3 September 1999
Light alcohol use may protect against sudden cardiac death
by Kate Melville
Yes it's another in a long-line of reports that tout the potential 'benefits' of alcohol.
In the largest study of its kind ever, researchers have found that consuming two to six alcoholic drinks per week was associated with a reduced risk of sudden cardiac death in men. "This is the largest prospective study to look at alcohol consumption and sudden cardiac death in men and the first prospective study to find a reduction in sudden cardiac death from light drinking," says Christine M. Albert, M.D., who works at Brigham and Women's Hospital, Harvard Medical School and Massachusetts General Hospital.
The research team looked at more than 21,000 men involved in a long-term study of male physicians and risk factors for heart disease. All of them were free of cardiovascular disease and provided information on their consumption of alcoholic beverages. During 12 years of follow up, there were 141 cases of sudden cardiac death!
The risk of sudden cardiac death was reduced by 60 percent in men who drank two to four drinks per week, and 79 percent in men who consumed five to six drinks a week. Sudden cardiac death usually occurs when the heart begins beating too rapidly or chaotically to pump blood efficiently.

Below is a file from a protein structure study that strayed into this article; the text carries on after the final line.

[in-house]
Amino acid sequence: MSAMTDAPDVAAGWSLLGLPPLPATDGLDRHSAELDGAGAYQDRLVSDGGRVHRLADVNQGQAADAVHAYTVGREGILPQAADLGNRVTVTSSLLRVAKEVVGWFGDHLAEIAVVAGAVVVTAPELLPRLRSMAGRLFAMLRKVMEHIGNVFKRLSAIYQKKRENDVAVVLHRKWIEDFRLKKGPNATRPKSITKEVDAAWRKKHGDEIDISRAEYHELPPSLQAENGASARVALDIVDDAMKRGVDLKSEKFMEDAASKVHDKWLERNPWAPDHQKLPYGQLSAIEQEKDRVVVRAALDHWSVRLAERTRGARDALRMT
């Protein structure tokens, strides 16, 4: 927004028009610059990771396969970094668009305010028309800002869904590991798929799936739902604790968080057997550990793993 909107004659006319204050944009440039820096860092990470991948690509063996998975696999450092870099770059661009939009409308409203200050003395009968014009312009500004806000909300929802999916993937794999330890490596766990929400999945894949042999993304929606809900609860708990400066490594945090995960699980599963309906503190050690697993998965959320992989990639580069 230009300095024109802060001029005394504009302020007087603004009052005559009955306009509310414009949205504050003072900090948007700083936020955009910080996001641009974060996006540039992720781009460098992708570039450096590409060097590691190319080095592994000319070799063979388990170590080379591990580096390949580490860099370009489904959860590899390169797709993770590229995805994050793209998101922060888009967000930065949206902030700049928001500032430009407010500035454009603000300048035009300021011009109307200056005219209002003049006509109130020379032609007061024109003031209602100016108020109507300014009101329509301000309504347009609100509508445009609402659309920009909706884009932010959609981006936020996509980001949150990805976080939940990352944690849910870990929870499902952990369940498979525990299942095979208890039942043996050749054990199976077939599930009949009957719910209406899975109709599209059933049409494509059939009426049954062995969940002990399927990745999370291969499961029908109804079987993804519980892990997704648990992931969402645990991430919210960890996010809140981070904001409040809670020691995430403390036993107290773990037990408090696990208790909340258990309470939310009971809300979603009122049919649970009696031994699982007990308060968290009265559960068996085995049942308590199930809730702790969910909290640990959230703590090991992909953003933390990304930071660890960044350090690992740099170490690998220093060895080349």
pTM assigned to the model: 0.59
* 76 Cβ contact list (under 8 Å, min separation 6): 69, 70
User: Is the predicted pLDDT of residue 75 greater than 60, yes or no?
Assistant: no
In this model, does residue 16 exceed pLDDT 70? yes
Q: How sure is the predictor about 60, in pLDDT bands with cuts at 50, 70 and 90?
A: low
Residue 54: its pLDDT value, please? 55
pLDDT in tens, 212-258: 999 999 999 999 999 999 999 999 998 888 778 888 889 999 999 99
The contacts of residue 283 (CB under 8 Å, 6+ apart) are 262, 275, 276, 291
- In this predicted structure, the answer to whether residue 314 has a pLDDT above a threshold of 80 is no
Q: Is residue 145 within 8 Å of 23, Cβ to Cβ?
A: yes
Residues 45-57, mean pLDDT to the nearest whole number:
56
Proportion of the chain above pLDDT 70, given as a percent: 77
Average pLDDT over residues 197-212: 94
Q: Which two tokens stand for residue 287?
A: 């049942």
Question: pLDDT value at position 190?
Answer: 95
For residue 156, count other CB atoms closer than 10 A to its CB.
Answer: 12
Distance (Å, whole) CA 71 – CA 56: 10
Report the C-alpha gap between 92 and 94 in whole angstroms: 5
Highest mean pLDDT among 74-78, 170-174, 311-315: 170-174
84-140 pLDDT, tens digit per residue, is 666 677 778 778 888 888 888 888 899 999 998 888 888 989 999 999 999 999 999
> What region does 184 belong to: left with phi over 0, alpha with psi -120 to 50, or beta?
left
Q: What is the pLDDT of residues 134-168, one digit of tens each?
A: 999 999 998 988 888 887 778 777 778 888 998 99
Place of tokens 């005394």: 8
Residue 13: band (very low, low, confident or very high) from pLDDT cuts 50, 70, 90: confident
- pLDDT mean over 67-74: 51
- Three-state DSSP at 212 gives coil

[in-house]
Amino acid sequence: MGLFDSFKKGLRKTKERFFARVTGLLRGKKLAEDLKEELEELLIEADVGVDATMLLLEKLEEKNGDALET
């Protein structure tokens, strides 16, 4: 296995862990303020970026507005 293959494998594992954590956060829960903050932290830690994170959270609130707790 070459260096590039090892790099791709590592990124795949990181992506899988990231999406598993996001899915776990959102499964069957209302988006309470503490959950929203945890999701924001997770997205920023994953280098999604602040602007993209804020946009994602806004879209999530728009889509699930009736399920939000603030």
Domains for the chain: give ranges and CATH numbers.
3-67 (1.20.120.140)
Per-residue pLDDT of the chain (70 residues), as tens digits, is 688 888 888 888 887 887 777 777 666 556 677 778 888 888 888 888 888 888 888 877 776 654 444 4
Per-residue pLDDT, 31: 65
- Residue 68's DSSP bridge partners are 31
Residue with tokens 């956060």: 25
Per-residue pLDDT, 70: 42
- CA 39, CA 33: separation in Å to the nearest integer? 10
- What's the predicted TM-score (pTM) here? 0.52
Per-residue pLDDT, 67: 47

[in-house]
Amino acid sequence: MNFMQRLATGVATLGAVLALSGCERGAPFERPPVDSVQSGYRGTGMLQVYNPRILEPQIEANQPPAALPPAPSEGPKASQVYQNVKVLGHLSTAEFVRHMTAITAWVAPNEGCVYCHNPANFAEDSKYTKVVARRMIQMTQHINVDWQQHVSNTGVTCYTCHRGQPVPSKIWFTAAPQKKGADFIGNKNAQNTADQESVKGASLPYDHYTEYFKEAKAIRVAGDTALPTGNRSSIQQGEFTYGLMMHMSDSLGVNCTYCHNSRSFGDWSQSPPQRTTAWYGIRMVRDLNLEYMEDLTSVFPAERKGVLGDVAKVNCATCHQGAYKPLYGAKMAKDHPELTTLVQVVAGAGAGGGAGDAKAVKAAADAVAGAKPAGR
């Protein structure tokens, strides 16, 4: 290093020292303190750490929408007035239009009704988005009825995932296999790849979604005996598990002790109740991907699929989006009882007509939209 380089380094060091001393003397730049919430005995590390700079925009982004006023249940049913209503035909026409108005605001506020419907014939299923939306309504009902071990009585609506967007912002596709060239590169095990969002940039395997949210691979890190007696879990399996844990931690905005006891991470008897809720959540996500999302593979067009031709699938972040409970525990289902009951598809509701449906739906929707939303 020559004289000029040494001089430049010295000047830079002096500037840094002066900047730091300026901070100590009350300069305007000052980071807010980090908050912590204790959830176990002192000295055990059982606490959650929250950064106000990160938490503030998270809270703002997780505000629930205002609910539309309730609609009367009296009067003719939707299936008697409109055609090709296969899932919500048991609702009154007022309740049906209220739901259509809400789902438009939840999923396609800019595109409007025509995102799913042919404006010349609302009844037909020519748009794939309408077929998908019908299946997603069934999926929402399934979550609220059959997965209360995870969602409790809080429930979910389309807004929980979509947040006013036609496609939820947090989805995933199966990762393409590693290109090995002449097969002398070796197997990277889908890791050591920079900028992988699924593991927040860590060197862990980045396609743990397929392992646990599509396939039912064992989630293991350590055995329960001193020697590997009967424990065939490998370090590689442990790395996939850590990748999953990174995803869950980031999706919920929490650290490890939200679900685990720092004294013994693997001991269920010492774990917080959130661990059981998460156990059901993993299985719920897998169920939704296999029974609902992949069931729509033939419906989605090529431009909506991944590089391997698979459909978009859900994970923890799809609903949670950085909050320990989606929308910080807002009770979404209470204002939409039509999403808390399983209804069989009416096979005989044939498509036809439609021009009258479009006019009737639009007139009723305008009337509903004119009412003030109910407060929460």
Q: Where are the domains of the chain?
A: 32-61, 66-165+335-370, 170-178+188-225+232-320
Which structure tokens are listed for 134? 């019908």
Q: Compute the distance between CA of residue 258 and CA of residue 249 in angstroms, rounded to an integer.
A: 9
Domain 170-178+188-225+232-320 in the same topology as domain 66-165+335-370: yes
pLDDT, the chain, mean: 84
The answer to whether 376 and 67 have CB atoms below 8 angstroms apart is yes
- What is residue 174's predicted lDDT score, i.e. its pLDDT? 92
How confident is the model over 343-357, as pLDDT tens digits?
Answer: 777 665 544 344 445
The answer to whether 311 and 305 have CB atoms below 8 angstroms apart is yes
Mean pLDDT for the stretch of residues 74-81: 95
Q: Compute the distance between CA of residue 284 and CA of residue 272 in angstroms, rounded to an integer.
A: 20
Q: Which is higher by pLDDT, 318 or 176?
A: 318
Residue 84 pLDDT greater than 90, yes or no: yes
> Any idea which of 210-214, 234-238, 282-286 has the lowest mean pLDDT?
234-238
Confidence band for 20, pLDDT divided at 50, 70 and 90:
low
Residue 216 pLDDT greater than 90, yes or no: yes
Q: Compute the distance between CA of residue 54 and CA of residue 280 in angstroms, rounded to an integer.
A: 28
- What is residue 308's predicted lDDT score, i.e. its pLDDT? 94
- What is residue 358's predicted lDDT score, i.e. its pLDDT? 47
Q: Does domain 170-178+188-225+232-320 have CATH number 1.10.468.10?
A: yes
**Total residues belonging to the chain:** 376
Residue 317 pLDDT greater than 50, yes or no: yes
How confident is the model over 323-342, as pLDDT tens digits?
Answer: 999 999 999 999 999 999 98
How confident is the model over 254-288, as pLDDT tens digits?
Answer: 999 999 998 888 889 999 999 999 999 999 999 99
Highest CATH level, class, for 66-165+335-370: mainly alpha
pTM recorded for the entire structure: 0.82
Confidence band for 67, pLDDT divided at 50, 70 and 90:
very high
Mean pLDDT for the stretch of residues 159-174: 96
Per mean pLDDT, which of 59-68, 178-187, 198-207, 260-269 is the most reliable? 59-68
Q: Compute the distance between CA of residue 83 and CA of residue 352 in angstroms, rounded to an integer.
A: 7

The fact that it is estimated to kills about 250,000 Americans each year, gives an indication of the extent of the problem.
But rather than being an endorsement of drinking this report's results are based on some serious omissions - two in particular:
1 Light drinkers may have had other health behaviors that lessened their risk of sudden cardiac death
2 There was no comparison of the effects of drinking patterns (small amounts of alcohol daily versus binge drinking)
Even the report's author says, "Based on the data, I wouldn't recommend that non-drinkers start drinking. One has to consider all the risks and benefits of drinking alcohol. You don't know how likely a person is to become addicted to alcohol, and there is also the risk of cancer to consider.'
People are sick of the scientists prevaricating about alcohol! There seems to more than adequate research for a reasonably definitive answer as to the benefits and disadvantages of alcohol consumption. When will someone do the meta research to collate existing research material rather than doing continuous discrete exploration that adds little to what is already well known?